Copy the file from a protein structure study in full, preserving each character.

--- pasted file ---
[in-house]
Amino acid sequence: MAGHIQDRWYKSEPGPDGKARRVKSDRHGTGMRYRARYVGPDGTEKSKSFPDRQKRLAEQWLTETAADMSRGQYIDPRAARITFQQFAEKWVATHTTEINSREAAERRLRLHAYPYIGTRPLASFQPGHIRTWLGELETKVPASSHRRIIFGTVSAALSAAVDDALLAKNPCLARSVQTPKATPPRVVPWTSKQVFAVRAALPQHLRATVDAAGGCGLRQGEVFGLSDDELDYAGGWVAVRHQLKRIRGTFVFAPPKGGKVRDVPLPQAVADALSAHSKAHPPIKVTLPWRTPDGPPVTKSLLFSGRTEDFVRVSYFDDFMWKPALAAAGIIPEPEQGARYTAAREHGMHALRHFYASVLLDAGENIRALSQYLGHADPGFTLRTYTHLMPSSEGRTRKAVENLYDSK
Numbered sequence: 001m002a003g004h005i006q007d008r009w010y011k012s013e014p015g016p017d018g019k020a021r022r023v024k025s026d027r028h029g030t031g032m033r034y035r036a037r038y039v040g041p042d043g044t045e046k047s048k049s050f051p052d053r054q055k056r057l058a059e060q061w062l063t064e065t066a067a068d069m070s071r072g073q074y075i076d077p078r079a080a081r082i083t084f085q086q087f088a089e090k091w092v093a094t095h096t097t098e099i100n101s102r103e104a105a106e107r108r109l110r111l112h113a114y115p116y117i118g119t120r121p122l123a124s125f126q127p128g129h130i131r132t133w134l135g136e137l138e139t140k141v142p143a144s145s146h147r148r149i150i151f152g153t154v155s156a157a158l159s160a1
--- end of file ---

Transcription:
[in-house]
Amino acid sequence: MAGHIQDRWYKSEPGPDGKARRVKSDRHGTGMRYRARYVGPDGTEKSKSFPDRQKRLAEQWLTETAADMSRGQYIDPRAARITFQQFAEKWVATHTTEINSREAAERRLRLHAYPYIGTRPLASFQPGHIRTWLGELETKVPASSHRRIIFGTVSAALSAAVDDALLAKNPCLARSVQTPKATPPRVVPWTSKQVFAVRAALPQHLRATVDAAGGCGLRQGEVFGLSDDELDYAGGWVAVRHQLKRIRGTFVFAPPKGGKVRDVPLPQAVADALSAHSKAHPPIKVTLPWRTPDGPPVTKSLLFSGRTEDFVRVSYFDDFMWKPALAAAGIIPEPEQGARYTAAREHGMHALRHFYASVLLDAGENIRALSQYLGHADPGFTLRTYTHLMPSSEGRTRKAVENLYDSK
Numbered sequence: 001m002a003g004h005i006q007d008r009w010y011k012s013e014p015g016p017d018g019k020a021r022r023v024k025s026d027r028h029g030t031g032m033r034y035r036a037r038y039v040g041p042d043g044t045e046k047s048k049s050f051p052d053r054q055k056r057l058a059e060q061w062l063t064e065t066a067a068d069m070s071r072g073q074y075i076d077p078r079a080a081r082i083t084f085q086q087f088a089e090k091w092v093a094t095h096t097t098e099i100n101s102r103e104a105a106e107r108r109l110r111l112h113a114y115p116y117i118g119t120r121p122l123a124s125f126q127p128g129h130i131r132t133w134l135g136e137l138e139t140k141v142p143a144s145s146h147r148r149i150i151f152g153t154v155s156a157a158l159s160a1